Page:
CSC 160
Homework 3

Assigned Sept 27, due Oct 4 Oct 20

Pair Programming

You are encouraged to do this assignment in a two-student team, following the principles of Pair Programming. This does not mean "you do these problems and I'll do those"; it means both students work together, looking over one another's shoulders, to complete all the problems. Turn in one copy with both names on it. I recommend that you choose a different partner for the next homework assignment, so if you don't get along with this partner, remember it's only for a week :-)


This is a lot of problems; do a few every day in order to finish them on time. In addition, we'll do some of them in class. Problems marked "for practice" don't need to be turned in, but I recommend doing them to your own satisfaction before doing the next "real" problem.

What to turn in and how

For problem 6.8.2, I recommend printing out the relevant Scheme code on paper, drawing on the paper, and turning in the paper. (This can be done on the computer, but I think it's more hassle than it's worth.)

You may turn in problem 7.6.2 on paper or by e-mail.

For the programming problems, I want to see all the steps of the recipe, except that in the course of writing a function body, you normally replace the "..." that was in the function skeleton. I recommend putting all of the programming problems in one big Definitions pane, because some of them depend on others.

It's difficult for me to grade your testing of these functions, but be assured that I will test them, and if they don't work, it'll hurt your grade, so it's to your advantage to test them before turning them in.

Send me an e-mail, attaching the file containing your saved Definitions pane. (Make sure to save it, then test it, then e-mail it to me, or I may end up grading an out-of-date version.) Make sure to put your name in the Subject line!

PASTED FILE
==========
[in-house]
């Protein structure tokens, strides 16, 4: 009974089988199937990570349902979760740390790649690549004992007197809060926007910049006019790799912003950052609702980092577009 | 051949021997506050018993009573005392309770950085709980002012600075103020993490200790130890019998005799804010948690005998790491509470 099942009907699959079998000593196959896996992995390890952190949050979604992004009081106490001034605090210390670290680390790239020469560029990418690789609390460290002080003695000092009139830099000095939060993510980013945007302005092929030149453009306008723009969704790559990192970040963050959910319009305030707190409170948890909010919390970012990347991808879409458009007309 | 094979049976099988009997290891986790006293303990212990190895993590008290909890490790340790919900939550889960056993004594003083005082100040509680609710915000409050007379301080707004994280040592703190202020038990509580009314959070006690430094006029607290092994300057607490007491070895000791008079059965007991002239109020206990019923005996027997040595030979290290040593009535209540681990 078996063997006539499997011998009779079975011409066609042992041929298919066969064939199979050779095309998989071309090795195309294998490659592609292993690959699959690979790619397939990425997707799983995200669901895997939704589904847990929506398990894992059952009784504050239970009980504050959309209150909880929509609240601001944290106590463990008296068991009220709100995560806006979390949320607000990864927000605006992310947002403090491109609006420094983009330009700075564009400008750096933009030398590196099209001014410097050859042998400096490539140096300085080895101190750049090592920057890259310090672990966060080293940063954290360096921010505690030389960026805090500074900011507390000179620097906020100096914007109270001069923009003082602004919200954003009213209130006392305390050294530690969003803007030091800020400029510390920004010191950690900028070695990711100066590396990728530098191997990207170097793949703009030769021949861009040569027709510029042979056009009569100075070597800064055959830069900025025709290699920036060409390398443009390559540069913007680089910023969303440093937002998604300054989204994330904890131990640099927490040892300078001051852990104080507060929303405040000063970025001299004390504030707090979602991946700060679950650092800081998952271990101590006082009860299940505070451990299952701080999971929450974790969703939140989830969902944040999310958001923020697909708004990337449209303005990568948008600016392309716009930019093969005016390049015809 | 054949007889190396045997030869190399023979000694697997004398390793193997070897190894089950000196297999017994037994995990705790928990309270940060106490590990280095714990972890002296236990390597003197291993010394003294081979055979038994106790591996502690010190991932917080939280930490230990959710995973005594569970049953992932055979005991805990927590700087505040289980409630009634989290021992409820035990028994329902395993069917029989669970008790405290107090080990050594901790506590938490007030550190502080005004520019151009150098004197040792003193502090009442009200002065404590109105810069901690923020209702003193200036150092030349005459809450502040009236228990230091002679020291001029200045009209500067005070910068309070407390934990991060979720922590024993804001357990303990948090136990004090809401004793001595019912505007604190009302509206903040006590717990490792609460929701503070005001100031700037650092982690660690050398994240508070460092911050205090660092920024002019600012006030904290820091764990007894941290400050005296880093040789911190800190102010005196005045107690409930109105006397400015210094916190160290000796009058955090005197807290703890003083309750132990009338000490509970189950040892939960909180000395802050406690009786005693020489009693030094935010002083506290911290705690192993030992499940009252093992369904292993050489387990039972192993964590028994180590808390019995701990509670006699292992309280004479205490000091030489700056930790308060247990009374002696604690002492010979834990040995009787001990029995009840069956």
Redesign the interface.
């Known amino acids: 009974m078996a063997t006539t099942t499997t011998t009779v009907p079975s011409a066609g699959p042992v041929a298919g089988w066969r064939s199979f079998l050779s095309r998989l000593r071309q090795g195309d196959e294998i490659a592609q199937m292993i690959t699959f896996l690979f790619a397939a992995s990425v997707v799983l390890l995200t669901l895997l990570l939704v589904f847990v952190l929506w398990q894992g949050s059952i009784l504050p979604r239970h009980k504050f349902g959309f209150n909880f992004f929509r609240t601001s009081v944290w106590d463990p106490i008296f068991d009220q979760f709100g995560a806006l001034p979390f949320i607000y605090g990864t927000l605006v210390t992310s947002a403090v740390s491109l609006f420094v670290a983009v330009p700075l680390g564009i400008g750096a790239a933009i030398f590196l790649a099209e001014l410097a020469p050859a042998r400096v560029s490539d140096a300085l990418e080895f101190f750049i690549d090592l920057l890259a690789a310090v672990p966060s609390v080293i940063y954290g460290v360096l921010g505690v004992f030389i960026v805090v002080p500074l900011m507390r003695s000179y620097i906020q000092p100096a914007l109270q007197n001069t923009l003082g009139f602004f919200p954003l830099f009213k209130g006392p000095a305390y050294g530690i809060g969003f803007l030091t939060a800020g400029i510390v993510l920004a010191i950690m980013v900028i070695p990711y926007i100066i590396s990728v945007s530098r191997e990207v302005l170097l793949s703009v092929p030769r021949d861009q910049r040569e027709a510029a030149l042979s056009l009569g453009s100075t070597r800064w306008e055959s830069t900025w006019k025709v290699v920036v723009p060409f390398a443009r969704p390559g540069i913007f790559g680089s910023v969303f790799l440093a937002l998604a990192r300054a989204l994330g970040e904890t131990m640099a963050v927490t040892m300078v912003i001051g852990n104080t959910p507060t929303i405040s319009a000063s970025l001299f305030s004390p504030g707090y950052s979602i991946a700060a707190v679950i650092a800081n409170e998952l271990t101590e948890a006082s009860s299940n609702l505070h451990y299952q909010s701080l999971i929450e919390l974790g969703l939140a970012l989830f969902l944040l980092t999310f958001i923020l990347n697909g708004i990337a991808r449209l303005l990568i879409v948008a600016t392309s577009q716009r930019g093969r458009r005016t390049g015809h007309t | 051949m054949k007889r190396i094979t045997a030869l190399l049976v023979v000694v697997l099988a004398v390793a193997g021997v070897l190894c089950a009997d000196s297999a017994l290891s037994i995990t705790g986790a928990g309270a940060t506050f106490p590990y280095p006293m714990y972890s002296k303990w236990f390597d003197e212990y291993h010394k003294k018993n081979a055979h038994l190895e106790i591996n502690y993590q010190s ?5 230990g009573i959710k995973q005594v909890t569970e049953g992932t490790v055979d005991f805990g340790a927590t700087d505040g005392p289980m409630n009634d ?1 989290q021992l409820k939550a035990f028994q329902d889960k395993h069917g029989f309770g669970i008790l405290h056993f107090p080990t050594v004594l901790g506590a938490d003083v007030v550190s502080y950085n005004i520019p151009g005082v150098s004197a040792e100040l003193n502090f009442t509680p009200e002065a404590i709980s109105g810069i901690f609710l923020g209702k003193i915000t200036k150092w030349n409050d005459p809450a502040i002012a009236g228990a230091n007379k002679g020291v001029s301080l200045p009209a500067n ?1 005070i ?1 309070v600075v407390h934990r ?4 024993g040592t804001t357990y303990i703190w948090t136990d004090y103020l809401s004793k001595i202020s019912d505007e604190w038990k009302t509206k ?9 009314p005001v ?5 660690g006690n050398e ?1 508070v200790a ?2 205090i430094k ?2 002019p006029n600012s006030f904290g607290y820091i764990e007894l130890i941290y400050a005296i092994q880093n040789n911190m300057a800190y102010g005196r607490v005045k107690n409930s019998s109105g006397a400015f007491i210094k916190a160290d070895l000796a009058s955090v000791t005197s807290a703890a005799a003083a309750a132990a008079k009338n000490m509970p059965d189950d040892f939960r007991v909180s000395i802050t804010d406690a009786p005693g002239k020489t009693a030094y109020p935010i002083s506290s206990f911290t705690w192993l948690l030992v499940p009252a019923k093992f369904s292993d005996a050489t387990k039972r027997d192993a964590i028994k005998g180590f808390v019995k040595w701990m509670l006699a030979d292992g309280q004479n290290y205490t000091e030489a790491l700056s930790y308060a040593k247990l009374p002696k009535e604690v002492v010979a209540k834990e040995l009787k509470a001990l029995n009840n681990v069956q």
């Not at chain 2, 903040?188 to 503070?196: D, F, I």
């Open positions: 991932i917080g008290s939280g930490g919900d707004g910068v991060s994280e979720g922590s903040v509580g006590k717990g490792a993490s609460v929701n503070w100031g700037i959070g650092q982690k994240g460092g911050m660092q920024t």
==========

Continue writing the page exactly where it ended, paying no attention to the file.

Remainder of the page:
If there's a particular function that you can't get working, turn in as many steps of the recipe as you've managed to do, commented out (so they don't mess up the other functions).

Also turn in a log of how many errors of different kinds you encountered in the assignment, with brief comments describing each one ("mismatched parentheses" is self-explanatory, but more complex errors might need more description). Note that "errors" means not only error messages from DrScheme, but also wrong answers. You may do this using the PSP forms, or simply by keeping track in a text file or on paper and turning it in.

Grading standards

In order to get you feedback quickly, I won't actually grade all of these problems; the rest should be considered practice.

Error log:       25 points
(I'm not grading on how many or how few errors you encountered, only on whether you recorded them correctly.)

Box-diagram exercise 6.8.2:     10 points
Contract exercise 7.6.2:     5 points each contract

Programming exercises:

The table below has columns for each step in the design recipe, and a row for each function that I decide to grade. You won't turn in a separate skeleton, inventory, and body, but rather write a skeleton and then add inventory and body to turn it into a complete definition. However, if you don't get the definition working, you'll still get partial credit for a correct contract, skeleton, and/or inventory.

Function Contract Examples Skeleton Inventory Body
whatever /5 /5 /5 /5 /15

General skills:

Following directions /10
Writing contracts from word problems /10
Choosing examples /10
Choosing names, indentation, white space... /10
Coding /10
Code re-use and function composition /10

Total:         /???

Last modified: Mon Sep 26 19:41:14 EDT 2011
Stephen Bloch /